Saving lives with

The client

112 is your life-saving number in whole Europe, it is free of charge and the operators are well trained to give assistance in every situation of distress and dispatch the needed help to your location.
Each country in EU is responsible for informing their citizens about this emergency number.
The federal Public Service for Internal Affairs contacted us to help them revision the Belgian 112 website.

The goal

Our goal was to design a brand-new and mobile-friendly website that is aligned with both the business and user needs. This means a website that answers any question a visitor may have as quickly and clearly as possible. Another important goal was to promote the 112 mobile app because it brings many benefits both to users and to the emergency services.

What we did

Workshop to align business and user needs

Analysis of Google Analytics

Top task analysis and heatmaps with Hotjar

Information architecture

Design & wireframes

Our approach

In the first step we did a full review of the website, adding post it notes to each block of content explaining the purpose and getting a clear overview of how the current site is structured and which information is provided to their users.

Figure 1: Workshop to analyse the existing website.

Armed with this knowledge we set up a first workshop with the business to co-create on the key messages of the new website and to align the goals of the emergency services and the users.

Figure 2: Workshop in Miro to align business goals and user needs.

In the next step, we dived in the analytics and the Hotjar survey that we set up at the start of the project.

We asked the visitors a couple of questions:

  • Why are you visiting the website
  • What is your profile? (person in need/medical service team member/teacher….)
  • Did you find what you are looking for?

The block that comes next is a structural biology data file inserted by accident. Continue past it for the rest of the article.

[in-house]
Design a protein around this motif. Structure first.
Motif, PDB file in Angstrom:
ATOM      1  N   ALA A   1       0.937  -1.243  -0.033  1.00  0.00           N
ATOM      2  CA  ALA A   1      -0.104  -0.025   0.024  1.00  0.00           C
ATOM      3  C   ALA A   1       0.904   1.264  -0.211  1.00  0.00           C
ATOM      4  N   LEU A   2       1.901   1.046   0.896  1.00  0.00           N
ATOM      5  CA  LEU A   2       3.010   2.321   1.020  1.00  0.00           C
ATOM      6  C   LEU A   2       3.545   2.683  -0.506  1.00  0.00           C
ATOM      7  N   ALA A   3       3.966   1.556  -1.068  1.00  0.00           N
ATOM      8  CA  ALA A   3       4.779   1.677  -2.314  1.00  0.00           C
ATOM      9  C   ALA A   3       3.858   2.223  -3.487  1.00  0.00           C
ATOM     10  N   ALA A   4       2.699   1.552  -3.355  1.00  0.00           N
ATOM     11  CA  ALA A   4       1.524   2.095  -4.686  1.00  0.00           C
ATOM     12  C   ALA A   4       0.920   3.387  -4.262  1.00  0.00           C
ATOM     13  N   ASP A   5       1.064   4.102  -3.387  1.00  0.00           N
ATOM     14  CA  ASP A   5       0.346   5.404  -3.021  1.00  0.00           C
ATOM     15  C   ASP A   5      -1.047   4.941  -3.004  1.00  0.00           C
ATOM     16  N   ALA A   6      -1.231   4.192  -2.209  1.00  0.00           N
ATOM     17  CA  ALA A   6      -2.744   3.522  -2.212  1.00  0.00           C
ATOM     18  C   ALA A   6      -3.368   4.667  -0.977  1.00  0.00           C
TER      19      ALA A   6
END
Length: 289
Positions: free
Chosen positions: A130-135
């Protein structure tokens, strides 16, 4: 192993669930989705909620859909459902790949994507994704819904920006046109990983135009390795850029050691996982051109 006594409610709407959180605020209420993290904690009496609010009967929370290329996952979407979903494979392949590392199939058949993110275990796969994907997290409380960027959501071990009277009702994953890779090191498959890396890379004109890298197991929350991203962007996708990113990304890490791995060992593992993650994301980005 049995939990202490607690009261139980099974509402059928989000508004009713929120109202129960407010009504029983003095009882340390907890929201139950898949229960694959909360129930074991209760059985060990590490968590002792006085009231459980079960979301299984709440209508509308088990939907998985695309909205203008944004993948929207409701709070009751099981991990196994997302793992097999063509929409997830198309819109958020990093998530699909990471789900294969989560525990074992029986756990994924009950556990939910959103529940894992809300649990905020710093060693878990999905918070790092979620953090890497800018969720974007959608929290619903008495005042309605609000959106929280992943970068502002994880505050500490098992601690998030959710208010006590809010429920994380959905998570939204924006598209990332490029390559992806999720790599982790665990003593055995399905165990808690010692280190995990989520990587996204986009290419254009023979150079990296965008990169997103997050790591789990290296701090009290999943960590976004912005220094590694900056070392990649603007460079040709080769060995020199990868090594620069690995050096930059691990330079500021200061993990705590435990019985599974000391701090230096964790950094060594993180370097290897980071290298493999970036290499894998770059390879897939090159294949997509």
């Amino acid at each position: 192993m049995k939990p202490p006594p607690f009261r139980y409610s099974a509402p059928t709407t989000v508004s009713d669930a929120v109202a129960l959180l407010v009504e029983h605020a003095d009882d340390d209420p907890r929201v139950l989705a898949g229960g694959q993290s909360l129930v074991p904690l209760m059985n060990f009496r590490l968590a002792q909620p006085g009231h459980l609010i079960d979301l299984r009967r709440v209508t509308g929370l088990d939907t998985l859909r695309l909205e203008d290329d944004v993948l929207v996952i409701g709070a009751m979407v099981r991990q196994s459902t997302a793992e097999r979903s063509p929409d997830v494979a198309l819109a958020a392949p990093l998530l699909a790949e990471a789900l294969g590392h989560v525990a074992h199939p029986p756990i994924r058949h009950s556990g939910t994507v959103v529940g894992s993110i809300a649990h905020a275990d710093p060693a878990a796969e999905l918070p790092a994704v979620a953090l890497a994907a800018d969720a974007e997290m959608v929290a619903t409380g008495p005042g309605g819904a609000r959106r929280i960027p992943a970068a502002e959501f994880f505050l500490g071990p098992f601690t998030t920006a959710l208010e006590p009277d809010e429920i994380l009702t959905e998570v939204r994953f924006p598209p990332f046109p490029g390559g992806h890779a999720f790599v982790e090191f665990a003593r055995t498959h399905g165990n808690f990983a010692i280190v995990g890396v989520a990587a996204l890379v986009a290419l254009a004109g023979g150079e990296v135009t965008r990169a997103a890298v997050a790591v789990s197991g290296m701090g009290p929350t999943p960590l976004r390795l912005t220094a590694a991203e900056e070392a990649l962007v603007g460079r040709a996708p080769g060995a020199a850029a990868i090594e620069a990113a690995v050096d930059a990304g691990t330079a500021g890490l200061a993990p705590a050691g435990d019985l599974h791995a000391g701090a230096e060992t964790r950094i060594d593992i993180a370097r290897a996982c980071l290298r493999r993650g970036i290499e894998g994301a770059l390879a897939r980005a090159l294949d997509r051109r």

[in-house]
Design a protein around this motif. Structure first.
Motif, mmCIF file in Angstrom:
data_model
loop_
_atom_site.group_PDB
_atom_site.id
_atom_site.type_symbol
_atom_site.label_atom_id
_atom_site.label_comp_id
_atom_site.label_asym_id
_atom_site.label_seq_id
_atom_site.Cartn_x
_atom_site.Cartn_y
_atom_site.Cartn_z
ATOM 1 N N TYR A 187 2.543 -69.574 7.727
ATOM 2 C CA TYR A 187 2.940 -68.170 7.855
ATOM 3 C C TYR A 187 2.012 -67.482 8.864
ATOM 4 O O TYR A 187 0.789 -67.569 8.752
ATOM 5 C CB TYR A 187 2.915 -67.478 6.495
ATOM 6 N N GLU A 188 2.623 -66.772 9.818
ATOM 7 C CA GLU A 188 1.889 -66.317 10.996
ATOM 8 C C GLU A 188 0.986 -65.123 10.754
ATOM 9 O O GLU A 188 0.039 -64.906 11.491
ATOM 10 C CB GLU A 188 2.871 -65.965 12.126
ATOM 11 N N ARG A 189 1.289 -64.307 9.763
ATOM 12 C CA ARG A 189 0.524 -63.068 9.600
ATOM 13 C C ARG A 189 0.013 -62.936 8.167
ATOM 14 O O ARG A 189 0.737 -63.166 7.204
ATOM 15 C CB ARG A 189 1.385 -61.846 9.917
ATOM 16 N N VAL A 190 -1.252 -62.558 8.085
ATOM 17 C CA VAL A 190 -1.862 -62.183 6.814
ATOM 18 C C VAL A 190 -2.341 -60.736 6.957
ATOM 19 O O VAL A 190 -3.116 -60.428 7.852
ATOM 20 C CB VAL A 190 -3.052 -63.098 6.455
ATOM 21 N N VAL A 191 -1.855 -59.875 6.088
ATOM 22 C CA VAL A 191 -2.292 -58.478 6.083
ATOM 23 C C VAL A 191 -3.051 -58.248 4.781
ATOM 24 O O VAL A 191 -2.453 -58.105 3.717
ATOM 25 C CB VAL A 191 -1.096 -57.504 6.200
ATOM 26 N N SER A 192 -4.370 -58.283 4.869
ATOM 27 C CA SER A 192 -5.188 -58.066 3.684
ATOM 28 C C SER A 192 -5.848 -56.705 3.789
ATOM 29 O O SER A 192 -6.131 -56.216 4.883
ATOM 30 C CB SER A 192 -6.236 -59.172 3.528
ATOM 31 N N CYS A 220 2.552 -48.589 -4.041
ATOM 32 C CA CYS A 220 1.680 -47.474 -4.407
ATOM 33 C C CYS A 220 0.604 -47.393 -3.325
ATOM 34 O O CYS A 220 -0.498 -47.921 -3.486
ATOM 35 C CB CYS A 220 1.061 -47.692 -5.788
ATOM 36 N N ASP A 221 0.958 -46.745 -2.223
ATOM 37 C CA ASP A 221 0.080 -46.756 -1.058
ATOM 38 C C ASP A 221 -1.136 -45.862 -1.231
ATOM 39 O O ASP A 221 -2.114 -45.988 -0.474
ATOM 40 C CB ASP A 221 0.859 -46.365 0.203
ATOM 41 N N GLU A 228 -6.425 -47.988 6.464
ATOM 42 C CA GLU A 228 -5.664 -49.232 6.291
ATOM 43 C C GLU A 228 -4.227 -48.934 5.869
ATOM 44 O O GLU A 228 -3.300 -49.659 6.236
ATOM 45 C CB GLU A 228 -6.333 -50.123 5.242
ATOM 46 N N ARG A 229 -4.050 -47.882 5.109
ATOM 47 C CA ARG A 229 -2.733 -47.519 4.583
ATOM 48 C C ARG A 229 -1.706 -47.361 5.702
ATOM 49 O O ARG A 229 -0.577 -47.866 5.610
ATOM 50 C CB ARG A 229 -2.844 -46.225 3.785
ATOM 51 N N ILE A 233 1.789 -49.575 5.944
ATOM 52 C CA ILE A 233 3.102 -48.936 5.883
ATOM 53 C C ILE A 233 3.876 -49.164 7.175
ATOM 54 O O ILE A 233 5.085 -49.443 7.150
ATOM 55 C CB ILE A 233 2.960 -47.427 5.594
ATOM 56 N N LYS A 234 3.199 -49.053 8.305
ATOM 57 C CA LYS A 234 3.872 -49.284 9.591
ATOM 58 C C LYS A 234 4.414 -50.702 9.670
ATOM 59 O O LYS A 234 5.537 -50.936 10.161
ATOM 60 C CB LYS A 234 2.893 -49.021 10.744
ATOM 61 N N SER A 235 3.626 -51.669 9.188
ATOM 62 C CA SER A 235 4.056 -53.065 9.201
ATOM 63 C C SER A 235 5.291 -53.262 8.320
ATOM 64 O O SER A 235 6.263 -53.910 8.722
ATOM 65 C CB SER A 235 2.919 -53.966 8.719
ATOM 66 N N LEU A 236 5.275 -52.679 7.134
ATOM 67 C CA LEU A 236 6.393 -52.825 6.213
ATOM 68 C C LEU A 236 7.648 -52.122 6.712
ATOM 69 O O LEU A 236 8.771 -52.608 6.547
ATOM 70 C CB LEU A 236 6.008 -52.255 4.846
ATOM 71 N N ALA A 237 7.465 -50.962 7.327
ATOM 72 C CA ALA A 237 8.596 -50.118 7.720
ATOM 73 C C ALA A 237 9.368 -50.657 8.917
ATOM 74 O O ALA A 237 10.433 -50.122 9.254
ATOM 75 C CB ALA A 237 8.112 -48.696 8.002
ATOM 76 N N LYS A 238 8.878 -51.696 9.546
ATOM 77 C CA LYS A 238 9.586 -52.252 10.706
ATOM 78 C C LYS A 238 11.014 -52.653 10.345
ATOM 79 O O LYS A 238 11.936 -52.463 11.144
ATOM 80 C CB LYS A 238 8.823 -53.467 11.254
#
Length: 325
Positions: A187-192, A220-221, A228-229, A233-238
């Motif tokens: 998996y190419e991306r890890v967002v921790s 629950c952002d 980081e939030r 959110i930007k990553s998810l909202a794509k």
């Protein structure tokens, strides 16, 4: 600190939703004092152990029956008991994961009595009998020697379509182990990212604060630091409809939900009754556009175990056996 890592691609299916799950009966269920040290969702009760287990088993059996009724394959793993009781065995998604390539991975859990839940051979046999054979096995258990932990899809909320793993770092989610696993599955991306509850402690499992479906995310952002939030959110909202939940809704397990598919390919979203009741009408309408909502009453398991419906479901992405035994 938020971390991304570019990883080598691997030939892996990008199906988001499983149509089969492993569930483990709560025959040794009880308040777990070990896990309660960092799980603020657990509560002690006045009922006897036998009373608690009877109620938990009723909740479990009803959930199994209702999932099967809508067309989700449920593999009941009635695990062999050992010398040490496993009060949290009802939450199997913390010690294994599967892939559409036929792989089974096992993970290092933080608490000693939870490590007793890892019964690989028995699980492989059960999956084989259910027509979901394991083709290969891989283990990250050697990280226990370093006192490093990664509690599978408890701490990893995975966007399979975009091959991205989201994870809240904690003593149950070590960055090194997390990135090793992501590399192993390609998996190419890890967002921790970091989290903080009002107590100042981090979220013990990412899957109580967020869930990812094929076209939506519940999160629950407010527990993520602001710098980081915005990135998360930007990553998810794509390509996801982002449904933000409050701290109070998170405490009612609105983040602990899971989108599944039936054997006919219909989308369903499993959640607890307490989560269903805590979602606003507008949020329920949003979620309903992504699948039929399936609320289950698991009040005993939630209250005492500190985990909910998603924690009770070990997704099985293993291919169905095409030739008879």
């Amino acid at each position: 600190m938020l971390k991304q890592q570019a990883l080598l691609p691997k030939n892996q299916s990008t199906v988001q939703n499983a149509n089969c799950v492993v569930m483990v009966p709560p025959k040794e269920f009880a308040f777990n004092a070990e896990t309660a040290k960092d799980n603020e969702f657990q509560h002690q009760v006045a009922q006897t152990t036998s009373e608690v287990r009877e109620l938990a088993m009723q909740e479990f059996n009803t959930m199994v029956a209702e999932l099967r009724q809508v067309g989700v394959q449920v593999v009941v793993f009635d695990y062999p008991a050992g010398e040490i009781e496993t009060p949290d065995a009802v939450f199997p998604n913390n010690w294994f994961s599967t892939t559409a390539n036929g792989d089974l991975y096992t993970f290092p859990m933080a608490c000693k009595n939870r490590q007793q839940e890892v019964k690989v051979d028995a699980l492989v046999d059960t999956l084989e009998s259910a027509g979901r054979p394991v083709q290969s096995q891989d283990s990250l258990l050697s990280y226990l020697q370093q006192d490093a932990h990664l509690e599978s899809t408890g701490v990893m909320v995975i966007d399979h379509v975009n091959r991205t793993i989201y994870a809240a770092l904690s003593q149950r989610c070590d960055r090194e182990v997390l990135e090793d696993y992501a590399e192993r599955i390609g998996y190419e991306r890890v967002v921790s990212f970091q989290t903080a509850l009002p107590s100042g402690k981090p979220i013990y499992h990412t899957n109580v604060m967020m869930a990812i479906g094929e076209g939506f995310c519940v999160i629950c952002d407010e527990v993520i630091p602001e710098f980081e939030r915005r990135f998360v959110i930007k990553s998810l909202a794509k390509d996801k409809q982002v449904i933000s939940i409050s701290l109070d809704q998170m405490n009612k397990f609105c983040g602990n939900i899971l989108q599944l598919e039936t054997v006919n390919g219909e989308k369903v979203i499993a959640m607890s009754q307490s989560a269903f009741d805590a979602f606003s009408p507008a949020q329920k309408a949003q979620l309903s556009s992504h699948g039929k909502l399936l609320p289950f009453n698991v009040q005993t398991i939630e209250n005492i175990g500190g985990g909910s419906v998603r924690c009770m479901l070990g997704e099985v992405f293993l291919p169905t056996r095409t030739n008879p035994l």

Both the analytics and Hotjar confirmed our insights from the workshops that the two main things users were looking for were:

  • Who to call and how to call them
  • How to get the mobile app

But we also noticed the website attracted many other visitors: teachers looking for materials to teach kids, deaf and hearing impaired looking for ways to contact 112, members of the emergency centers looking for promotion materials…

A key take-away from this case was that while the mobile app was one of the most sought after features however it was barely downloaded. This was mainly due to the call to actions to being buried beneath informative videos about the app.

Figure 3: Heatmap analysis in Hotjar.

In the next steps we took our learnings from the workshop and analytics and provided a first draft wireframe to validate if we covered all the necessary needs.

After validation of the wireframes we converted them in final visual designs ready for development. Both on desktop but also on mobile.

Figure 4: Wireframes with the final result.

The results

Clear information architecture

Validated wireframes for both desktop and mobile screens

Visual design

What the client said

The Directorate-General Civil Security has asked Humix to help with the service design of the future website so that we can also take the utmost account of the feedback and needs of the people who will visit the website. The new website had to be fully adapted to smartphone use, Drupal technology and the specific needs of the Directorate 112. After several meetings with an internal working group, we are more than satisfied with the structure that was provided in order to create the new website.

Thomas Biebauw – communication officer FOD IBZ

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